26/11 trial: FBI agents likely to depose,via video conference

With officials from the Federal Bureau of Investigation expected to be named as witnesses in the 26/11 terror attacks case...

Written by Sagnik Chowdhury | Mumbai | Published: February 22, 2009 1:49:04 am

With officials from the Federal Bureau of Investigation (FBI) expected to be named as witnesses in the 26/11 terror attacks case,top police officials said there is a strong possibility that the FBI agents will not fly down to the city and physically depose before the special court set up for the case,but will give their statements via a satellite link-up with the US.

Sources said once the Mumbai Police Crime Branch team returned from the US with “documentary and oral evidence” from various sources there through a Letter Rogatory,it is almost certain that FBI agents and other sources in the US will be named as witnesses and asked to depose during the 26/11 trial.

“The Crime Branch team has returned with certain documentary and oral evidence from sources in the US,and now these people will be required to depose in the case. We are keenly looking at the possibility of having them to depose via a video-conferencing facility that can be set up at the special court. However,this will only be possible if the court allows it,” said a police officer who did not wish to be named.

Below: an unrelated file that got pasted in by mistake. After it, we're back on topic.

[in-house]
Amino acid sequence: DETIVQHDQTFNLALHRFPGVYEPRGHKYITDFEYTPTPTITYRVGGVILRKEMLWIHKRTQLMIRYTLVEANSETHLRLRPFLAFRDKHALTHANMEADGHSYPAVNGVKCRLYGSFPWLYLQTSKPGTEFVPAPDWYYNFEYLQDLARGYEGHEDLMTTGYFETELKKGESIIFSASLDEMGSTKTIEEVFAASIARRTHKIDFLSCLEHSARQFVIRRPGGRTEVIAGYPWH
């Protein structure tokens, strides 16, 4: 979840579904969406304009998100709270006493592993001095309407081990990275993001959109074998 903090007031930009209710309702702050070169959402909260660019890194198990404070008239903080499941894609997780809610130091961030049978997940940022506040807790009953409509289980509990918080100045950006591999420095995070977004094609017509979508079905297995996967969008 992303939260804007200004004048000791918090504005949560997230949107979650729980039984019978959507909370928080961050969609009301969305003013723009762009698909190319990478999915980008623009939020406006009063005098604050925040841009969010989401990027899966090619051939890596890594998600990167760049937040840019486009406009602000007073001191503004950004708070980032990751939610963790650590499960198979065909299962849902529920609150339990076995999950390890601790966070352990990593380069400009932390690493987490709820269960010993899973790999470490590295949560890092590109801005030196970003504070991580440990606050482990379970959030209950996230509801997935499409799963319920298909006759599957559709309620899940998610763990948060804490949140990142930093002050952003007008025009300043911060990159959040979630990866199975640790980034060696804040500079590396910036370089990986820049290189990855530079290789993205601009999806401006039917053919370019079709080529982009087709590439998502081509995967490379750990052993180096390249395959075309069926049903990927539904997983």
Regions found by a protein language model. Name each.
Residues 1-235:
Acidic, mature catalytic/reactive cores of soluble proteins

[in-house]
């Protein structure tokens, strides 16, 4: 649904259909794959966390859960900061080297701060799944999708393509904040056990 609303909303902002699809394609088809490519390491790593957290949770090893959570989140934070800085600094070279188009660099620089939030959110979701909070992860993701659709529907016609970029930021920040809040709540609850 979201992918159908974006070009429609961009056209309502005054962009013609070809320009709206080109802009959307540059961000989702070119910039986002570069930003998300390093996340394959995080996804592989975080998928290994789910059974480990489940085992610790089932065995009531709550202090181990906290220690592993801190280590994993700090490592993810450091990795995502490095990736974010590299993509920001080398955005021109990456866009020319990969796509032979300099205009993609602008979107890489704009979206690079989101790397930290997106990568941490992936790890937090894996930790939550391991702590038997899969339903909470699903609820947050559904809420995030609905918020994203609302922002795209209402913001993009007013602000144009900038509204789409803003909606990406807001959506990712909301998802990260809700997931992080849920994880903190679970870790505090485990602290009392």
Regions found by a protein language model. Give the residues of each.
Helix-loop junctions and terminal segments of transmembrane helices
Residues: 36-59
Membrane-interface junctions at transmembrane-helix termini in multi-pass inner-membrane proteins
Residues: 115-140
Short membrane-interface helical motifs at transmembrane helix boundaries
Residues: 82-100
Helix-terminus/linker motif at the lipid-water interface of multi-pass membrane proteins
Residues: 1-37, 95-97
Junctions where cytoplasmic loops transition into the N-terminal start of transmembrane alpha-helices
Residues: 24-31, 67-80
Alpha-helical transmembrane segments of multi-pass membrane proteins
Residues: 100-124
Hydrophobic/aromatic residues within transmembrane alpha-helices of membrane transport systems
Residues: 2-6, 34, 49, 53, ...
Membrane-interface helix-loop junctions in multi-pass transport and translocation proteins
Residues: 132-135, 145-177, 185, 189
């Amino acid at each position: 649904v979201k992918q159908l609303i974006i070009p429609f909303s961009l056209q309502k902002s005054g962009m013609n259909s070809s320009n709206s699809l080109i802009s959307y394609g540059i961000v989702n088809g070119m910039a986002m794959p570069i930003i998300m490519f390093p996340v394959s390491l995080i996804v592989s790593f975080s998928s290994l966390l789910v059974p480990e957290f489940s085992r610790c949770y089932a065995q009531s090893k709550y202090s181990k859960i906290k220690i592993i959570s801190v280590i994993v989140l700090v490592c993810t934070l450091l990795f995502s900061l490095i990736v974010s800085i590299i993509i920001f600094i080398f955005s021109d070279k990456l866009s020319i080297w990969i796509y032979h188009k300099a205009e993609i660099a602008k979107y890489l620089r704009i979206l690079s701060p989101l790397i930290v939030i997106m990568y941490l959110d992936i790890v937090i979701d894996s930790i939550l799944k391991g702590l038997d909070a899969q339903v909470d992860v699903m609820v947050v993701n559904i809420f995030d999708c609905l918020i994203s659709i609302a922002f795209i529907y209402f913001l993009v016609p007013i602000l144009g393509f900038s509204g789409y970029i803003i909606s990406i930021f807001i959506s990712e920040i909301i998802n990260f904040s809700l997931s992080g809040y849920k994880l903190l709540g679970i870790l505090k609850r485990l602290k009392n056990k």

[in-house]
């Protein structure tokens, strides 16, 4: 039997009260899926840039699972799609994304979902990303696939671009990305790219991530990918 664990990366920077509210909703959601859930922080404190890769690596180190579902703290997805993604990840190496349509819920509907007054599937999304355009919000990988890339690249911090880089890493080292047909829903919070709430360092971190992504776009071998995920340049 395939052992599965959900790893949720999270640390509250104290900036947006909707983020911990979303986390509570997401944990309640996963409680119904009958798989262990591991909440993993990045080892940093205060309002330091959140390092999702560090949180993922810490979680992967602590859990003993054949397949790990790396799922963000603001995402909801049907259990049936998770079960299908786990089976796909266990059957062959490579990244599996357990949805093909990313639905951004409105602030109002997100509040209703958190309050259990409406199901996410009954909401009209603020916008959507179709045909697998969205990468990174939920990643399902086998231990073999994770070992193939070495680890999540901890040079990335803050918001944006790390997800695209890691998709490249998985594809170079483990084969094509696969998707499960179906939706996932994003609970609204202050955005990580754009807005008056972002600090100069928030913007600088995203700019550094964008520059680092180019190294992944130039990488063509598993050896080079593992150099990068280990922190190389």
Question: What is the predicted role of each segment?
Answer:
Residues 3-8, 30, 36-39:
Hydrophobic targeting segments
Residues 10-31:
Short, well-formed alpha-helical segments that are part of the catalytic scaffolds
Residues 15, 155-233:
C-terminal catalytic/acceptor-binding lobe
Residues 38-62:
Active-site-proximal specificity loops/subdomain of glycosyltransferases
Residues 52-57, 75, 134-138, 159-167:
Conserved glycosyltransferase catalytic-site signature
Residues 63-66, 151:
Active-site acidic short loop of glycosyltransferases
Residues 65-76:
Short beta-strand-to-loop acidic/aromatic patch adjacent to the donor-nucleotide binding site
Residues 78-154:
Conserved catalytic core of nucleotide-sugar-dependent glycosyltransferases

Under the Criminal Procedure Code,there are three ways in which a witness can depose during a trial — by being physically present in the court,through video conferencing or by “appointing a commission” in case a witness is unable to move at all due to unavoidable reasons. In the last case,the court appoints an independent lawyer or “commission” who goes to the witness — along with the public prosecutor,defence advocate and the accused — and records his deposition.

A video-conferencing link between Mumbai and New York was earlier used to record evidence in a case on November 22,2003. A New York based doctor — Dr Ernest Greenberg of Sloan Kettering Memorial Hospital,whose evidence was vital to a medical negligence case filed against a cancer specialist who was associated with Bombay Hospital — had deposed via a satellite link-up and his evidence was digitally recorded at a VSNL studio in Mumbai.

In this case,while the trial court had allowed video-conferencing of the US-based doctor,the Bombay High Court had disallowed it. However,the matter then went to the Supreme Court that struck down the High Court order.

Besides FBI officials who have provided evidence pertaining to the telephonic conversations between the terrorists and their handlers in Pakistan,officials of the New Jersey-based Voice Over Internet Protocol (VOIP) service Callphonex used by the terrorists also provided documentary evidence to the Crime Branch team. The Crime Branch has also secured from the US the purchase and sale details of the Yamaha outboard motor used by the terrorists in the boat.

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